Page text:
Learn some strategies for easing inflammation and arthritis symptoms for dogs and cats.
Like the people who love them, pets can be prone to osteoarthritis. "Over 90% of all cats have arthritis in either a joint or along the spinal column," says Christopher Frye, DVM, assistant clinical professor at Cornell University College of Veterinary Medicine. Osteoarthritis also affects 1 out of 5 dogs, notes W. Michael Karlin, DVM, an orthopedic surgeon and assistant professor at Cummings School of Veterinary Medicine at Tufts University.
Owners typically notice symptoms as their animals age—a dog that has a harder time getting in and out of the car or a cat having difficulty jumping onto high surfaces. Sound familiar? Here's how to help.
Watch Their Weight
Frye's research suggests obesity not only aggravates animals' joints but also might contribute to inflammation that worsens osteoarthritis symptoms. "We know that dogs who are a good weight tend to develop arthritis a lot more slowly," he says. "And cats that aren't overweight develop fewer bone, joint, and muscle issues." Losing weight, if needed, is the first line of treatment. "It really does reduce the effects of arthritis," says Frye.
Here's how to check to make sure your pet is safe.
Diet plays a role in bone and joint health, especially when pets are young. "Feed puppies and kittens age-appropriate food, which is formulated to build strong muscles and joints," says Frye. That's especially important for large-breed dogs. "You don't want to overfeed them so they grow too fast," Frye adds, as overfeeding can lead to problems later on.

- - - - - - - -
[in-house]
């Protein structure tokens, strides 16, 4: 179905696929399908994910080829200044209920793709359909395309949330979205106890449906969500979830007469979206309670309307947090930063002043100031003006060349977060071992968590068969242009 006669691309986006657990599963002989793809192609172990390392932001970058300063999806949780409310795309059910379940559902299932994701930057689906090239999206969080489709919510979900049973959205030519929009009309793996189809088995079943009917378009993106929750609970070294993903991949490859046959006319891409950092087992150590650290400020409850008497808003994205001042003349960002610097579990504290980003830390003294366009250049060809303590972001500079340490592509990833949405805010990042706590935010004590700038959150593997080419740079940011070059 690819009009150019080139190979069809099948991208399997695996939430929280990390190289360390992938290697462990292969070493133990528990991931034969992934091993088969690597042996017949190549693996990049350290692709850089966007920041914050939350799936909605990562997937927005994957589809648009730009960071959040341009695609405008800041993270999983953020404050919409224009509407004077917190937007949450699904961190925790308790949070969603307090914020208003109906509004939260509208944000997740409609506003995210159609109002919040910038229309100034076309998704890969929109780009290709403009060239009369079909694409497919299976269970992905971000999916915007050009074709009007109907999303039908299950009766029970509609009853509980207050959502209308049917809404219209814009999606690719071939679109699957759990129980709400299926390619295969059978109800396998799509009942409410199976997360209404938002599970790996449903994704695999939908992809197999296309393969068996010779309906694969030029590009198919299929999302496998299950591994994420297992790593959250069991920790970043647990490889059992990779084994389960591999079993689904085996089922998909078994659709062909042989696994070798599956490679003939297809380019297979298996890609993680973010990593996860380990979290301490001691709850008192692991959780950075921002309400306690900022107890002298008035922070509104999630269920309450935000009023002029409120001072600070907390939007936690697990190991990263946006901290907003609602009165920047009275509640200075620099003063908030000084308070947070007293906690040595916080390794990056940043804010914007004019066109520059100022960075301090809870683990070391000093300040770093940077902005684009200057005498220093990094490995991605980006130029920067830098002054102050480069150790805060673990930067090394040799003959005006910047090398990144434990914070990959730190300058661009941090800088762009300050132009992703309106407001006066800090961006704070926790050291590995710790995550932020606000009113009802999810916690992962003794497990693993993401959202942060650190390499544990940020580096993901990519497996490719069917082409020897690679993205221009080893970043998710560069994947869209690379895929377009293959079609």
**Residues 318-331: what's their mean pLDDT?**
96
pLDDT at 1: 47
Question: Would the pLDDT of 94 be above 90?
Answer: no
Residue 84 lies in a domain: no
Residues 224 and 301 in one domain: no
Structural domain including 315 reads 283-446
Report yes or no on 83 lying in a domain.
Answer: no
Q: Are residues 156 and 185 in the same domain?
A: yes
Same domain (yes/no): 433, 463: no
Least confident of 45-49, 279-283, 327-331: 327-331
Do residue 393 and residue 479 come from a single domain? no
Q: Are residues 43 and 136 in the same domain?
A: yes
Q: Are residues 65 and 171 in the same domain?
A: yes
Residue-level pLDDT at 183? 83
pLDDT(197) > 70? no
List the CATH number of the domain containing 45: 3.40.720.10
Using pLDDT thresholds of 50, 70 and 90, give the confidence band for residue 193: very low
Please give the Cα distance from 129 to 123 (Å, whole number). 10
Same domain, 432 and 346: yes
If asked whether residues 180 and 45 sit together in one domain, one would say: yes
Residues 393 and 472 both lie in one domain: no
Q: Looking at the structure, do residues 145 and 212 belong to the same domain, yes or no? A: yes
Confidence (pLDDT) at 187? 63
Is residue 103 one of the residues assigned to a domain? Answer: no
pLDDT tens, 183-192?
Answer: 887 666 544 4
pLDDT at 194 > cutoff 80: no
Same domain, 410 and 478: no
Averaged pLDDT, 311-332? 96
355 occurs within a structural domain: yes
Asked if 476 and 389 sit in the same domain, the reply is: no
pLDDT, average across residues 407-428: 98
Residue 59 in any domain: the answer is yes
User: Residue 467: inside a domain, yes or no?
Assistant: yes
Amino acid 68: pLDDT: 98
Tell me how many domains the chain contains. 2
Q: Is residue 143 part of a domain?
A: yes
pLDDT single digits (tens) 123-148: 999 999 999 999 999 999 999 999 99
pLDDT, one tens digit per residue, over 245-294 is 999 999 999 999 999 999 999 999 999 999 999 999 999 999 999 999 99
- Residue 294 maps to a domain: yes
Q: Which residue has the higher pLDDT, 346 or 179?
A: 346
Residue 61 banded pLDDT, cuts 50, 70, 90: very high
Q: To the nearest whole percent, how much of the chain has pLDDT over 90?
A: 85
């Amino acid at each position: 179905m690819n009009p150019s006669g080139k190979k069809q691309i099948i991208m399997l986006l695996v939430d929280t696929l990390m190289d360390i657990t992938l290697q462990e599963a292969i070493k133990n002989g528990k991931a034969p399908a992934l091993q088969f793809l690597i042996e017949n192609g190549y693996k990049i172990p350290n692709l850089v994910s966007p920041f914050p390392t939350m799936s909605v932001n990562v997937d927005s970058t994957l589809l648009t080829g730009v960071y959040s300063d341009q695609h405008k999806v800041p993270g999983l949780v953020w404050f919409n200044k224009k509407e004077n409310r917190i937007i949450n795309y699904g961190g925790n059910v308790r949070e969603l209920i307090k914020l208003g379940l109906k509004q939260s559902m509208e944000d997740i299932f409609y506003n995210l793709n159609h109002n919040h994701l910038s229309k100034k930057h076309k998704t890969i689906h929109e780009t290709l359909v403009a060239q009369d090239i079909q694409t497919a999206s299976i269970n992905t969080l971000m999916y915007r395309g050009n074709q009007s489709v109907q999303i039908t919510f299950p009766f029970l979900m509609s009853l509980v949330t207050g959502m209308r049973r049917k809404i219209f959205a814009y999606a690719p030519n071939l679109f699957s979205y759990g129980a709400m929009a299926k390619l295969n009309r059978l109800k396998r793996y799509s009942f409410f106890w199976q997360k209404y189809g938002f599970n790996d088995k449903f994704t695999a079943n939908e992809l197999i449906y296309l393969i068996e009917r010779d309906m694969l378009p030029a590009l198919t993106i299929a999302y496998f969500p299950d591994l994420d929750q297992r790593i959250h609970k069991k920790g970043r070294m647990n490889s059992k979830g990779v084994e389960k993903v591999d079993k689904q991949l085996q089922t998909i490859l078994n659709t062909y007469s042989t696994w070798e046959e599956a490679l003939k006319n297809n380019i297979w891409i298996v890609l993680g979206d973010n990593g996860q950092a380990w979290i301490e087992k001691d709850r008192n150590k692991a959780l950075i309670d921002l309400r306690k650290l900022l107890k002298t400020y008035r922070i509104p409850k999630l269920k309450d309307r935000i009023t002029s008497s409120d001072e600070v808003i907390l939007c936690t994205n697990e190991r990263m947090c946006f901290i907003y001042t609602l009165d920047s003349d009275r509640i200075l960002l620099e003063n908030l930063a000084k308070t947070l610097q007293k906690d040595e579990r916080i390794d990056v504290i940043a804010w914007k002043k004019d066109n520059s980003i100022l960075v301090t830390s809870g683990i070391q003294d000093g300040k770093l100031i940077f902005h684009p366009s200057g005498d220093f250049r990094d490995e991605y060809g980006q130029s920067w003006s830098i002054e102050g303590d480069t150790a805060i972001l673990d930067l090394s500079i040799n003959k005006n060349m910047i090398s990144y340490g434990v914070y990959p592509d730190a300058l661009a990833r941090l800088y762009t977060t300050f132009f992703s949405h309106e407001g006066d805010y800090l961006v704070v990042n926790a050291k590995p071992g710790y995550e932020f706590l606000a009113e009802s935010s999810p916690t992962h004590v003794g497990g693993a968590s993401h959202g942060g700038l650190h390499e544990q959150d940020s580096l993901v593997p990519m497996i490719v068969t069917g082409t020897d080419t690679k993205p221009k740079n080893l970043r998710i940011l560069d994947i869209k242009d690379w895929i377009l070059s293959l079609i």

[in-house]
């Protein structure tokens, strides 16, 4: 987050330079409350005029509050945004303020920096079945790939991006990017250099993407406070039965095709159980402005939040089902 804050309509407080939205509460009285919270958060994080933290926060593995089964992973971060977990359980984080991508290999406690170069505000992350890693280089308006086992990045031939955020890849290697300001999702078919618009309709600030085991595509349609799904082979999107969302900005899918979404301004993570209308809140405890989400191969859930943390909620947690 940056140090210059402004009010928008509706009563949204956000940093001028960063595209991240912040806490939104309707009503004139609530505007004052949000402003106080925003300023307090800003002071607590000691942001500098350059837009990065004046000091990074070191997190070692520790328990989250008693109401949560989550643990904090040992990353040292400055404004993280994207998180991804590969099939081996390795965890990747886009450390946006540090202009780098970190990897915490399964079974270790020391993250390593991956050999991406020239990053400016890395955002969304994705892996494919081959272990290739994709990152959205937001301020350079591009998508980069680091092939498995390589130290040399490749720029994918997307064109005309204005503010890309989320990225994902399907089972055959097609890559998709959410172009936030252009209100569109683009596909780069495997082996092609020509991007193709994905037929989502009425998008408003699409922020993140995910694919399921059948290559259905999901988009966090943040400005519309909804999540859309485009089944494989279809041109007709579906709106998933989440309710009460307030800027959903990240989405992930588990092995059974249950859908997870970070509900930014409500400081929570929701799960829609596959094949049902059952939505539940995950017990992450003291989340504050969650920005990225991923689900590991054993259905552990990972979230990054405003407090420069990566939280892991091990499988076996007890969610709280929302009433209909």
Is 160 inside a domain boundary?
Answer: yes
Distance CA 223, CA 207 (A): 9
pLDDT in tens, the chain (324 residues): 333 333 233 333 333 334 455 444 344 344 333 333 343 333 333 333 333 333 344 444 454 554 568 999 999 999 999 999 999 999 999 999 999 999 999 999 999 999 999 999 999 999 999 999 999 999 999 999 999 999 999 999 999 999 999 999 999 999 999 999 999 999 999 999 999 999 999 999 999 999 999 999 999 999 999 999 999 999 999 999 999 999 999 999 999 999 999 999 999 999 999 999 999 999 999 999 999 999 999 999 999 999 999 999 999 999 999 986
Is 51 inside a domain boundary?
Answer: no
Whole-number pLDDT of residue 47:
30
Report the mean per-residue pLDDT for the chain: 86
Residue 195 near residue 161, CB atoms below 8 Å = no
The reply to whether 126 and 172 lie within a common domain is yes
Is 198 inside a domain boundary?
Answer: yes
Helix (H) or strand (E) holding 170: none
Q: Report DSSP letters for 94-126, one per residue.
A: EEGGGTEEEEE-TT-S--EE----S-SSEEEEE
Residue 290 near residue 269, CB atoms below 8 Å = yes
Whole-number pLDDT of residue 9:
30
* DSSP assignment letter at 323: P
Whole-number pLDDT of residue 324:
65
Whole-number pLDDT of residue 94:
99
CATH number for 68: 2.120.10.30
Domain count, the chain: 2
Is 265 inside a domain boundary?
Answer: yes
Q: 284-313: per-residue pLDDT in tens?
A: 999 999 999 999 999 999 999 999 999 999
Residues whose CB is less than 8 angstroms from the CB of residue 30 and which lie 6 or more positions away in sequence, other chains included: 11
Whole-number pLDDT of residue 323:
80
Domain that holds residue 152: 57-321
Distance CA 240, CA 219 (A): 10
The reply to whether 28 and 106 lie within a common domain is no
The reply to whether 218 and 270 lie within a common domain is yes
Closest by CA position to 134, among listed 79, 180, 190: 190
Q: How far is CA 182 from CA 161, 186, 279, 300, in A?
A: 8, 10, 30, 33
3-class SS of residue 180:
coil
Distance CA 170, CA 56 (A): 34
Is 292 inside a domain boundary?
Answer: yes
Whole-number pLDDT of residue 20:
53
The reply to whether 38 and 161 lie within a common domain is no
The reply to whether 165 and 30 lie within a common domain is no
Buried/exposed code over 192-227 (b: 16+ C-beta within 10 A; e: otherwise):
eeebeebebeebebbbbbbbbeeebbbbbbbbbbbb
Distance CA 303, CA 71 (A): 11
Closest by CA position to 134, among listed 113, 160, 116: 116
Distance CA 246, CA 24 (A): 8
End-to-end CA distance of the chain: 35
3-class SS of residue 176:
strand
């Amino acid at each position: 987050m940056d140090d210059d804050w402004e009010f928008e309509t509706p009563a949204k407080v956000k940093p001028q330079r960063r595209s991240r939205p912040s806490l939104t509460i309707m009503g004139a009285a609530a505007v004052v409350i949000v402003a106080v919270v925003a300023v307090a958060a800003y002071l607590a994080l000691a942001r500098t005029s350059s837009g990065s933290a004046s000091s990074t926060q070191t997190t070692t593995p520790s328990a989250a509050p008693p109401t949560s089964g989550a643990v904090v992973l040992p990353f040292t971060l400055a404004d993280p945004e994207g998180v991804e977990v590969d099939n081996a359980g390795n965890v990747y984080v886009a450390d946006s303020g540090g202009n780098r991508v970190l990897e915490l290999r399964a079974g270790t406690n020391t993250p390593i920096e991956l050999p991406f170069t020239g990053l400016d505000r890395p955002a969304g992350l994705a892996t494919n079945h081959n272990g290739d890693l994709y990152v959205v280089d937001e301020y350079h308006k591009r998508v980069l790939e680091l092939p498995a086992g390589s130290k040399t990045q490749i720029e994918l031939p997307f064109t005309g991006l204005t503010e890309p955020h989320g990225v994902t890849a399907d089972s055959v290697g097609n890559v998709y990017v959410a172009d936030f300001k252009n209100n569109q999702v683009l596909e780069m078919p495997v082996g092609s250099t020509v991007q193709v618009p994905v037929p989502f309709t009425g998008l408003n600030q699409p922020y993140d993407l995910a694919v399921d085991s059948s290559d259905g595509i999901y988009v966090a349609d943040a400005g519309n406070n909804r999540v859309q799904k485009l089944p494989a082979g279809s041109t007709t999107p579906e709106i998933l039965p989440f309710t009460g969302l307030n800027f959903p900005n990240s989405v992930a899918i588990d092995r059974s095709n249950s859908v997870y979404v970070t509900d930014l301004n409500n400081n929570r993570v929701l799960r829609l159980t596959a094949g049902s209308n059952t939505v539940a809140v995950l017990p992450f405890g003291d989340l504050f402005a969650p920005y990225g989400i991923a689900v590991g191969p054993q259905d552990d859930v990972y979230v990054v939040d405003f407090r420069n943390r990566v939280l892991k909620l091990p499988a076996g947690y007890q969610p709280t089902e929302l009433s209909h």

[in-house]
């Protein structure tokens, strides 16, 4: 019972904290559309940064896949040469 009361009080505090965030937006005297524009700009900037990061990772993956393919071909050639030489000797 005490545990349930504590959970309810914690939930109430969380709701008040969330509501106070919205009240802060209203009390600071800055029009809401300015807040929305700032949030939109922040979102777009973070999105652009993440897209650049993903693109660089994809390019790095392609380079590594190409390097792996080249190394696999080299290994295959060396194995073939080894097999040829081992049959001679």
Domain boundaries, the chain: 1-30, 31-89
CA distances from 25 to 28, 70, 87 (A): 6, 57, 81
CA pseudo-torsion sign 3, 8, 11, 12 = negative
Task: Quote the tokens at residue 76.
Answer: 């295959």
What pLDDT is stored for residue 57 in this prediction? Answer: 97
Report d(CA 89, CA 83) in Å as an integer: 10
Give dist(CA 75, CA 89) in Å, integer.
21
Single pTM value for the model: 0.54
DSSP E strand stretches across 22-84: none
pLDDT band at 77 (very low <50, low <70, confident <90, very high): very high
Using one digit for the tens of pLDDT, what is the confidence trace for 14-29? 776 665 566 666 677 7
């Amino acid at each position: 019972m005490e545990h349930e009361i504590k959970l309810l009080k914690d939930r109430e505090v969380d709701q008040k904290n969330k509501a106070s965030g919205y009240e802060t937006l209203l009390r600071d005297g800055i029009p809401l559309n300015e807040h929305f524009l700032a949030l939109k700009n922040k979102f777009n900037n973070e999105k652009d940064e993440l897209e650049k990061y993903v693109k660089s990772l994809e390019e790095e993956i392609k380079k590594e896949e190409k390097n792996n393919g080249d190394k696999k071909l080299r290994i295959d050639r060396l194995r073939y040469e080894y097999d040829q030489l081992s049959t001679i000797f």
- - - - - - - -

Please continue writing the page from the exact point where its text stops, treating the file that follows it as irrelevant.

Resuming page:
Although a pet with arthritis might prefer lounging on the couch, regular exercise can help reduce pain and improve overall function by preserving lean muscle mass to support joints affected by arthritis. But don't "weekend warrior your dog," Frye says. Instead, aim for consistent daily low-impact activity.
Explore Other Treatments
Your vet may recommend prescription anti-inflammatory medications or even physical therapy. Alternative treatments might help, too. Recent studies suggest acupuncture—either on its own or combined with other treatments—can ease pain and boost mobility.
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Many owners reach for supplements like glucosamine and chondroitin. "Many owners feel [supplements] help their pets," says Cailin Heinze, VMD, MS, a board-certified veterinary nutritionist and assistant professor at Tufts' Cummings School of Veterinary Medicine. But "the results from controlled clinical trials in dogs and cats haven't been very impressive—there was typically little difference from the placebo."
Omega-3 fatty acids, both in pets' diets and as supplements, might more effectively dampen inflammation and improve symptoms, says Frye. But check with your vet. "The higher doses typically recommended for arthritis could lead to weight gain," says Heinze.